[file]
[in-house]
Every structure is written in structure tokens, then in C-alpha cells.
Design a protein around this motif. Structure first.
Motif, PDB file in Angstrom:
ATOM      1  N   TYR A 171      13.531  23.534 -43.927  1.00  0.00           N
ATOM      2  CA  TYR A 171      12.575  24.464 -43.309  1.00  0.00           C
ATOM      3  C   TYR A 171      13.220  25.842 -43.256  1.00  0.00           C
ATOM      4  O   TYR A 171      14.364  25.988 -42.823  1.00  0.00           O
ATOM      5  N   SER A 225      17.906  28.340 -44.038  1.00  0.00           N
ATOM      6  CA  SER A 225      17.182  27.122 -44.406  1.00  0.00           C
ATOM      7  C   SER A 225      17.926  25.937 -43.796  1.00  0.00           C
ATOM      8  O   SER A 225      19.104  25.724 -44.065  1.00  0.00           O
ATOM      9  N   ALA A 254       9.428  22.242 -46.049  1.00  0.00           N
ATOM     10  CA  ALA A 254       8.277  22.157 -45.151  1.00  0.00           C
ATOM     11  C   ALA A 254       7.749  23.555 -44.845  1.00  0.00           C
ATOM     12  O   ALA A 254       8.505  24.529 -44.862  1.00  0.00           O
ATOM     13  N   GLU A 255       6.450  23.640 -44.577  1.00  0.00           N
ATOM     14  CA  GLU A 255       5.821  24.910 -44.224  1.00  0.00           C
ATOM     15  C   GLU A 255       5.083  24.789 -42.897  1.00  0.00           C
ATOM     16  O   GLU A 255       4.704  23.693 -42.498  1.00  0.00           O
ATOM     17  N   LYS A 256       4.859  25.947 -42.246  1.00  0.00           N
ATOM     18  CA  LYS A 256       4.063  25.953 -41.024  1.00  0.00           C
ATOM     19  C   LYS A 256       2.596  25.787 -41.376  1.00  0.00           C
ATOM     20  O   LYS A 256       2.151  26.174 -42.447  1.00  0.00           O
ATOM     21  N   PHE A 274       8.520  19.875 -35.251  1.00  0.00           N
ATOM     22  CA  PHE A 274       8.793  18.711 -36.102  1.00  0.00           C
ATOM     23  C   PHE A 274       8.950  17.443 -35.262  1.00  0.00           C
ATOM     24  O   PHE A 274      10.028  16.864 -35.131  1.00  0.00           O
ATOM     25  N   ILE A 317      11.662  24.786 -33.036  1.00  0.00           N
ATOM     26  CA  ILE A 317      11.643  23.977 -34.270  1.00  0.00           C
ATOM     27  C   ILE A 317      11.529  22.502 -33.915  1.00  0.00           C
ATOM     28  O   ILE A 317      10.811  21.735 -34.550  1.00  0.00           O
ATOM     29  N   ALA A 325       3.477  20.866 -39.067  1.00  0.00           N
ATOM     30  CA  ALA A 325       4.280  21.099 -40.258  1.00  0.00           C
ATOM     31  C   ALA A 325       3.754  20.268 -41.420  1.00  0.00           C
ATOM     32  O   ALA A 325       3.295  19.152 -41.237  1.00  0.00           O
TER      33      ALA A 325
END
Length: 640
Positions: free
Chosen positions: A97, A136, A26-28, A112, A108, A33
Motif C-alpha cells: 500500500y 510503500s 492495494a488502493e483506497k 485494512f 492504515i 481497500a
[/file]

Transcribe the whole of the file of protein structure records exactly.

[in-house]
Every structure is written in structure tokens, then in C-alpha cells.
Design a protein around this motif. Structure first.
Motif, PDB file in Angstrom:
ATOM      1  N   TYR A 171      13.531  23.534 -43.927  1.00  0.00           N
ATOM      2  CA  TYR A 171      12.575  24.464 -43.309  1.00  0.00           C
ATOM      3  C   TYR A 171      13.220  25.842 -43.256  1.00  0.00           C
ATOM      4  O   TYR A 171      14.364  25.988 -42.823  1.00  0.00           O
ATOM      5  N   SER A 225      17.906  28.340 -44.038  1.00  0.00           N
ATOM      6  CA  SER A 225      17.182  27.122 -44.406  1.00  0.00           C
ATOM      7  C   SER A 225      17.926  25.937 -43.796  1.00  0.00           C
ATOM      8  O   SER A 225      19.104  25.724 -44.065  1.00  0.00           O
ATOM      9  N   ALA A 254       9.428  22.242 -46.049  1.00  0.00           N
ATOM     10  CA  ALA A 254       8.277  22.157 -45.151  1.00  0.00           C
ATOM     11  C   ALA A 254       7.749  23.555 -44.845  1.00  0.00           C
ATOM     12  O   ALA A 254       8.505  24.529 -44.862  1.00  0.00           O
ATOM     13  N   GLU A 255       6.450  23.640 -44.577  1.00  0.00           N
ATOM     14  CA  GLU A 255       5.821  24.910 -44.224  1.00  0.00           C
ATOM     15  C   GLU A 255       5.083  24.789 -42.897  1.00  0.00           C
ATOM     16  O   GLU A 255       4.704  23.693 -42.498  1.00  0.00           O
ATOM     17  N   LYS A 256       4.859  25.947 -42.246  1.00  0.00           N
ATOM     18  CA  LYS A 256       4.063  25.953 -41.024  1.00  0.00           C
ATOM     19  C   LYS A 256       2.596  25.787 -41.376  1.00  0.00           C
ATOM     20  O   LYS A 256       2.151  26.174 -42.447  1.00  0.00           O
ATOM     21  N   PHE A 274       8.520  19.875 -35.251  1.00  0.00           N
ATOM     22  CA  PHE A 274       8.793  18.711 -36.102  1.00  0.00           C
ATOM     23  C   PHE A 274       8.950  17.443 -35.262  1.00  0.00           C
ATOM     24  O   PHE A 274      10.028  16.864 -35.131  1.00  0.00           O
ATOM     25  N   ILE A 317      11.662  24.786 -33.036  1.00  0.00           N
ATOM     26  CA  ILE A 317      11.643  23.977 -34.270  1.00  0.00           C
ATOM     27  C   ILE A 317      11.529  22.502 -33.915  1.00  0.00           C
ATOM     28  O   ILE A 317      10.811  21.735 -34.550  1.00  0.00           O
ATOM     29  N   ALA A 325       3.477  20.866 -39.067  1.00  0.00           N
ATOM     30  CA  ALA A 325       4.280  21.099 -40.258  1.00  0.00           C
ATOM     31  C   ALA A 325       3.754  20.268 -41.420  1.00  0.00           C
ATOM     32  O   ALA A 325       3.295  19.152 -41.237  1.00  0.00           O
TER      33      ALA A 325
END
Length: 640
Positions: free
Chosen positions: A97, A136, A26-28, A112, A108, A33
Motif C-alpha cells: 500500500y 510503500s 492495494a488502493e483506497k 485494512f 492504515i 481497500a